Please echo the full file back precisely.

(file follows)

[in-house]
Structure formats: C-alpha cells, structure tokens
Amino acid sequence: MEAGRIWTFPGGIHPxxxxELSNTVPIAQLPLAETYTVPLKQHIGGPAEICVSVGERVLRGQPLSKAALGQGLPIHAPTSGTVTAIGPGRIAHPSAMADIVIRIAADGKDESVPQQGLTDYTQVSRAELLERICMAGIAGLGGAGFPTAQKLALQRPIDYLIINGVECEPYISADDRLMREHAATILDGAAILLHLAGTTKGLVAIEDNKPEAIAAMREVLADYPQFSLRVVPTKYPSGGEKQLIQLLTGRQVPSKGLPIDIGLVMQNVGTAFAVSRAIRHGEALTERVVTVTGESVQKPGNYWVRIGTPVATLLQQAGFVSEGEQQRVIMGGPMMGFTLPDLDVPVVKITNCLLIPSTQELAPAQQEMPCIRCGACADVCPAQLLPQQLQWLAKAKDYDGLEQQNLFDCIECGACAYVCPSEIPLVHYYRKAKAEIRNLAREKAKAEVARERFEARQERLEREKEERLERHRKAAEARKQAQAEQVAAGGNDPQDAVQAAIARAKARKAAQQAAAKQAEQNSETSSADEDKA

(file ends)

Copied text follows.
[in-house]
Structure formats: C-alpha cells, structure tokens
Amino acid sequence: MEAGRIWTFPGGIHPxxxxELSNTVPIAQLPLAETYTVPLKQHIGGPAEICVSVGERVLRGQPLSKAALGQGLPIHAPTSGTVTAIGPGRIAHPSAMADIVIRIAADGKDESVPQQGLTDYTQVSRAELLERICMAGIAGLGGAGFPTAQKLALQRPIDYLIINGVECEPYISADDRLMREHAATILDGAAILLHLAGTTKGLVAIEDNKPEAIAAMREVLADYPQFSLRVVPTKYPSGGEKQLIQLLTGRQVPSKGLPIDIGLVMQNVGTAFAVSRAIRHGEALTERVVTVTGESVQKPGNYWVRIGTPVATLLQQAGFVSEGEQQRVIMGGPMMGFTLPDLDVPVVKITNCLLIPSTQELAPAQQEMPCIRCGACADVCPAQLLPQQLQWLAKAKDYDGLEQQNLFDCIECGACAYVCPSEIPLVHYYRKAKAEIRNLAREKAKAEVARERFEARQERLEREKEERLERHRKAAEARKQAQAEQVAAGGNDPQDAVQAAIARAKARKAAQQAAAKQAEQNSETSSADEDKA